MIAMI GARDENS — It’s a circle Dolphin coaches hope will never be broken.
A young player arrives, raw, eager to learn, and a veteran steps forward and becomes his mentor. It happened when Jason Taylor taught Cam Wake how to play outside linebacker three years ago, and it’s happening again now with Wake and rookie defensive end Olivier Vernon.
“I remember Koa (Misi) doing the same thing (Vernon) is doing now a couple years ago,” Wake said. “Coming to me and asking, ‘What are the packages?’ ‘What do I do when they do this?’ I want to pass on my wisdom as much as I can, and help him utilize the assets he has.”
Vernon was about as raw as a rookie can get when he arrived as a third-round pick out of the University of Miami last summer. Leaving UM after his junior year, he took Wake as his role model at the defensive end position and, with his playing time limited early this season, has watched and learned.
“When I’m on the sidelines during a game I just look at him and I’m like, ‘Man, how did you do that?’ ” Vernon said. “He gives me some pointers and I try to apply it.”
Wake said their size similarity — Wake is 6-foot-3, 258 pounds while Vernon is 6-2, 268 — means they face similar challenges in getting to the quarterback.
“We’re that ‘Too big to be a linebacker, too small to be a defensive end’ size,” he said. “You’ve got to have a mentality every time you step on the field and you’re giving up 80 pounds to an offensive lineman. You’ve got to be able to say, ‘I don’t give a blankety-blank how big you are, I’m just as strong, and powerful, and explosive.’ And he has that.”
Vernon impressed General Manager Jeff Ireland in a workout prior to the draft, but was still surprised when the Dolphins, who were switching from a 3-4 defensive scheme to a 4-3, selected him.
“I could have sworn I was going to a 3-4 team, because every team I met with was playing a 3-4 scheme,” he said. “So when I came to the Dolphins and heard (they were playing) a 4-3, I was like, ‘All right, cool, I’ll put my hand back in the dirt.’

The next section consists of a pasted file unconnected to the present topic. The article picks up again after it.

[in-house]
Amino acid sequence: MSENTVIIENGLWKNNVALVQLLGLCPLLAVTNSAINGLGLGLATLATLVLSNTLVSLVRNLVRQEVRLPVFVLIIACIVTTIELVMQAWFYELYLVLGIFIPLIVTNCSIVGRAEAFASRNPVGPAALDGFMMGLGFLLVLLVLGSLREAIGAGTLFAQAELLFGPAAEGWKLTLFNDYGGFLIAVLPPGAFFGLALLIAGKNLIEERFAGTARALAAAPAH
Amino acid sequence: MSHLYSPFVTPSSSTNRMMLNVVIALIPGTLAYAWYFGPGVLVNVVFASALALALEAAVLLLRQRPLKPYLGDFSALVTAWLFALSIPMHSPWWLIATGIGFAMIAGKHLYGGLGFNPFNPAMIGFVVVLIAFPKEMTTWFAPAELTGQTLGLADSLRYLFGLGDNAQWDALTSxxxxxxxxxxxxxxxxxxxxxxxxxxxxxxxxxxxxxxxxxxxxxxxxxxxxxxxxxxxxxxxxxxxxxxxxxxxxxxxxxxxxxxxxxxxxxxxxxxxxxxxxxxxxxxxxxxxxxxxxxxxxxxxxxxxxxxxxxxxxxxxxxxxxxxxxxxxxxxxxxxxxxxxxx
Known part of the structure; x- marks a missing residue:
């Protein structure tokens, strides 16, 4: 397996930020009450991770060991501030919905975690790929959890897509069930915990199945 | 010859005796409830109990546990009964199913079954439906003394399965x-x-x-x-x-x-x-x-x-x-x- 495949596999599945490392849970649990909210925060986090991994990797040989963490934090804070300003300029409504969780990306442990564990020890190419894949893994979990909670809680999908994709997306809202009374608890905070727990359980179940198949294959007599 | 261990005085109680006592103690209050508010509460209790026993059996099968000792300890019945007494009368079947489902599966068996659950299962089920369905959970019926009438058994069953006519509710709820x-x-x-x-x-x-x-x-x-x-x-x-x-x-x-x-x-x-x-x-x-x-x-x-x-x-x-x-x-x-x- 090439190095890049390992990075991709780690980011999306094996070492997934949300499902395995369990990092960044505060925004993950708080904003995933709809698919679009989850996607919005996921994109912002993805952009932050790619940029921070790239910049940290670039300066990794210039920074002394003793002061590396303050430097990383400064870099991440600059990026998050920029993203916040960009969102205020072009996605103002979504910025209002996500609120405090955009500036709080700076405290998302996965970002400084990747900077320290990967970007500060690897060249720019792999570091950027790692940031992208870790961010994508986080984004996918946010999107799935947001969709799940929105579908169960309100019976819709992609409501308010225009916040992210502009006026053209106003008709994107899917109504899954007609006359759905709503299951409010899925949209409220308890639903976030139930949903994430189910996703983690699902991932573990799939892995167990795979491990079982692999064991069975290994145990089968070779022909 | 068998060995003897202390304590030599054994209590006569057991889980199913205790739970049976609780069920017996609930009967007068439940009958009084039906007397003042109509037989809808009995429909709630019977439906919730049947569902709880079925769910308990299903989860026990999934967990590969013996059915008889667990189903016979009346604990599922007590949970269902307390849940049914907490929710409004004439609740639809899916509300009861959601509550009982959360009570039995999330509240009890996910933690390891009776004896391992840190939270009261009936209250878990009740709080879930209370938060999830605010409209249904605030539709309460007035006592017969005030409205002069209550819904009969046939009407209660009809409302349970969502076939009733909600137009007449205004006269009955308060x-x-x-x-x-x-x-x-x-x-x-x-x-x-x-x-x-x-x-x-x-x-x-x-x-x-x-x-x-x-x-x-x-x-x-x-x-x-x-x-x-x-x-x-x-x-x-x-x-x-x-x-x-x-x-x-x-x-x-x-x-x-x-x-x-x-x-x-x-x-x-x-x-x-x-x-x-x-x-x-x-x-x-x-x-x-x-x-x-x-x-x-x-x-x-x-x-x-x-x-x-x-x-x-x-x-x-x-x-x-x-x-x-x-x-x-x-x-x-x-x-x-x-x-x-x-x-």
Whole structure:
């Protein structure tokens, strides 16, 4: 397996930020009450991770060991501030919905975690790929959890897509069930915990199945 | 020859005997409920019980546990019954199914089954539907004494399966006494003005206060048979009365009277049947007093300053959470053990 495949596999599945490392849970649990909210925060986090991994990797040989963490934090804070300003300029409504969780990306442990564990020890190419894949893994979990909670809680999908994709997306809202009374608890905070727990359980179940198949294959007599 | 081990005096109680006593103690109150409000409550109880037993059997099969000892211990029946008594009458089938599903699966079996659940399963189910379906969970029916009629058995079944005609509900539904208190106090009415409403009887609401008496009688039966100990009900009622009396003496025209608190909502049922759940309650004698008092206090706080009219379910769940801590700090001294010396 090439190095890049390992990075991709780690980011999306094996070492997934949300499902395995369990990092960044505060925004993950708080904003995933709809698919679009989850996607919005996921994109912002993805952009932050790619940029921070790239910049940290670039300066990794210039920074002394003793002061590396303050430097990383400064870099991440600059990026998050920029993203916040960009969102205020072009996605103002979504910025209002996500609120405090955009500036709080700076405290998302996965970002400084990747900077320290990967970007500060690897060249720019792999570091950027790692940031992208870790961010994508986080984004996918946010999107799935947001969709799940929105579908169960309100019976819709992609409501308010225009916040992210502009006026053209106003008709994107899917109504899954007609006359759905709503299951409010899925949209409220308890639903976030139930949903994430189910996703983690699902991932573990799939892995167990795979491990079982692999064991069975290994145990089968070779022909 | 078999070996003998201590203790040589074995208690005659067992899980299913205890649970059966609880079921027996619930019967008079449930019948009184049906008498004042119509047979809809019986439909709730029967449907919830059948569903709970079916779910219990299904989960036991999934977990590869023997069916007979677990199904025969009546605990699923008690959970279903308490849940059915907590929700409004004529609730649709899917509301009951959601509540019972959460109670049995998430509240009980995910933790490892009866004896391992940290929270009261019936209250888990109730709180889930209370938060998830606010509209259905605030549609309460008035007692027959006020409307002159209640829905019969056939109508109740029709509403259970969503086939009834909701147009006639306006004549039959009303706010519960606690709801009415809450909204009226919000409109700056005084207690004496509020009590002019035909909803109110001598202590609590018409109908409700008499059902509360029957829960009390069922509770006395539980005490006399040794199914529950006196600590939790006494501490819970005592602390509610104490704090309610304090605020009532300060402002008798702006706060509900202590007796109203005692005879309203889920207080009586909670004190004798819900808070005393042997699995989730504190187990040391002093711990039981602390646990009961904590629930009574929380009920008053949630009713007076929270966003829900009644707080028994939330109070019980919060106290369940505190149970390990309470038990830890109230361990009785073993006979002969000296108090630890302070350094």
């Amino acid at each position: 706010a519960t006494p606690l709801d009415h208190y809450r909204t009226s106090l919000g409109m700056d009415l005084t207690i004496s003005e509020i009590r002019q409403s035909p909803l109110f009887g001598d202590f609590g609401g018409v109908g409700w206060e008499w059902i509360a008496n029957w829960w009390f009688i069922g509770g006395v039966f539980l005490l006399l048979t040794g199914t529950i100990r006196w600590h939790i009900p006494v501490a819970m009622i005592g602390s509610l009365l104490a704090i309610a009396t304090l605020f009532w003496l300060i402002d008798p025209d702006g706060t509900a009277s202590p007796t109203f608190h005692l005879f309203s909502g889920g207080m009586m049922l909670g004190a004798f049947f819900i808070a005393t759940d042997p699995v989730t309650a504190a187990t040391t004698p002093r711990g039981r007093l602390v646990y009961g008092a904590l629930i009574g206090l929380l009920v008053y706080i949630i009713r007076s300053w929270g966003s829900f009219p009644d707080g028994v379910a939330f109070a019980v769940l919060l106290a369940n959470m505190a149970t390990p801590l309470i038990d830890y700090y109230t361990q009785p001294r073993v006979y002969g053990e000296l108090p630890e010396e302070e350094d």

“But the coaches have given me a little leeway with a two-point stance. I feel a lot more comfortable in a two-point stance (standing up).”
Vernon’s ability to get to the passer from the early days of offseason workouts impressed not only Wake (“he was chasing Ryan Tannehill all over the field&rdquo
but also defensive coordinator Kevin Coyle, who recognized that underneath the unpolished exterior was an athlete with the size, strength and quickness to consistently pressure passers.
“It’s an ongoing process … but just using the natural speed he had, he was able to excel with some of the rushes he would use in college,” Coyle said.
“(Then) he started to realize he has to continue to develop his repertoire of pass rush moves. (Defensive line coach) Kacy Rodgers does as good a job as anybody in the league coaching those defensive linemen. Now you’re seeing a guy who’s going to be an impact guy from here on out.”
Vernon had five tackles in his first five games including a half-sack against the New York Jets, but his coming-out party was the Oct. 14 game against St. Louis, when his four tackles included two sacks of Sam Bradford. Among Dolphin rookies, only A.J. Duhe (1977) and Marco Coleman (1992) have had more in a game.
Vernon said watching Wake haul down Bradford earlier in the game inspired him.
What made that day even more special is that his father, Lascelles, a Miami Beach police officer, and mother, Bernadette, were in attendance, as they have been at all his games since his days at American High School in Miami. He was heavily recruited by Alabama and Florida State, but family ties led to the decision to stay home and play with the Hurricanes. Now he makes his living not 10 minutes from where he grew up.
“I grew up on 199th Street, so when I went to middle school the bus would pass (Sun Life) stadium every day,” he said. “To play there now, it’s crazy.”